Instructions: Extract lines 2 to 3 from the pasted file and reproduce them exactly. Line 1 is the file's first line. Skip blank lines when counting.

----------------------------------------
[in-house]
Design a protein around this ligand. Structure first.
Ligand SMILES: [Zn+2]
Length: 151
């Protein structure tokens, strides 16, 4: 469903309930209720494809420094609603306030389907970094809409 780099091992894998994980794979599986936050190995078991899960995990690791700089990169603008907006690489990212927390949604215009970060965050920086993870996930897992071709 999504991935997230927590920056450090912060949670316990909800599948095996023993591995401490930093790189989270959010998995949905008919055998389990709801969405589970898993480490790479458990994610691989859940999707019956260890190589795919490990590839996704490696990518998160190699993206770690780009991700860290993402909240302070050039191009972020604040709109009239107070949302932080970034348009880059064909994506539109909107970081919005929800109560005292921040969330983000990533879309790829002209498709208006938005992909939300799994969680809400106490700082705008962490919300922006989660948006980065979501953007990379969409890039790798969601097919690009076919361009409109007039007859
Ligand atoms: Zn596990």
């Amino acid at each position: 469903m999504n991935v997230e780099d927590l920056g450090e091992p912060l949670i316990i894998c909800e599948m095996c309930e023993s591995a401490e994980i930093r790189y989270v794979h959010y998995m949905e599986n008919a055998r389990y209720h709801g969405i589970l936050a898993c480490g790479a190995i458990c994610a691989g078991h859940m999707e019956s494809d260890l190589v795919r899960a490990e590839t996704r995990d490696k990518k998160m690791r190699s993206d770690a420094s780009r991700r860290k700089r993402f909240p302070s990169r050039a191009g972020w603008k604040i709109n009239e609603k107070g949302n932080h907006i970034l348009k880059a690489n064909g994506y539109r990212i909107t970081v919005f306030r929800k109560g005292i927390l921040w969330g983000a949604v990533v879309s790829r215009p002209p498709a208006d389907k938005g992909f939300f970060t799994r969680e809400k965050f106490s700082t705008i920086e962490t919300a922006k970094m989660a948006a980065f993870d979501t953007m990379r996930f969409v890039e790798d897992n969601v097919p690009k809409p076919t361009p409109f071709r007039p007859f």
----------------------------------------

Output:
Design a protein around this ligand. Structure first.
Ligand SMILES: [Zn+2]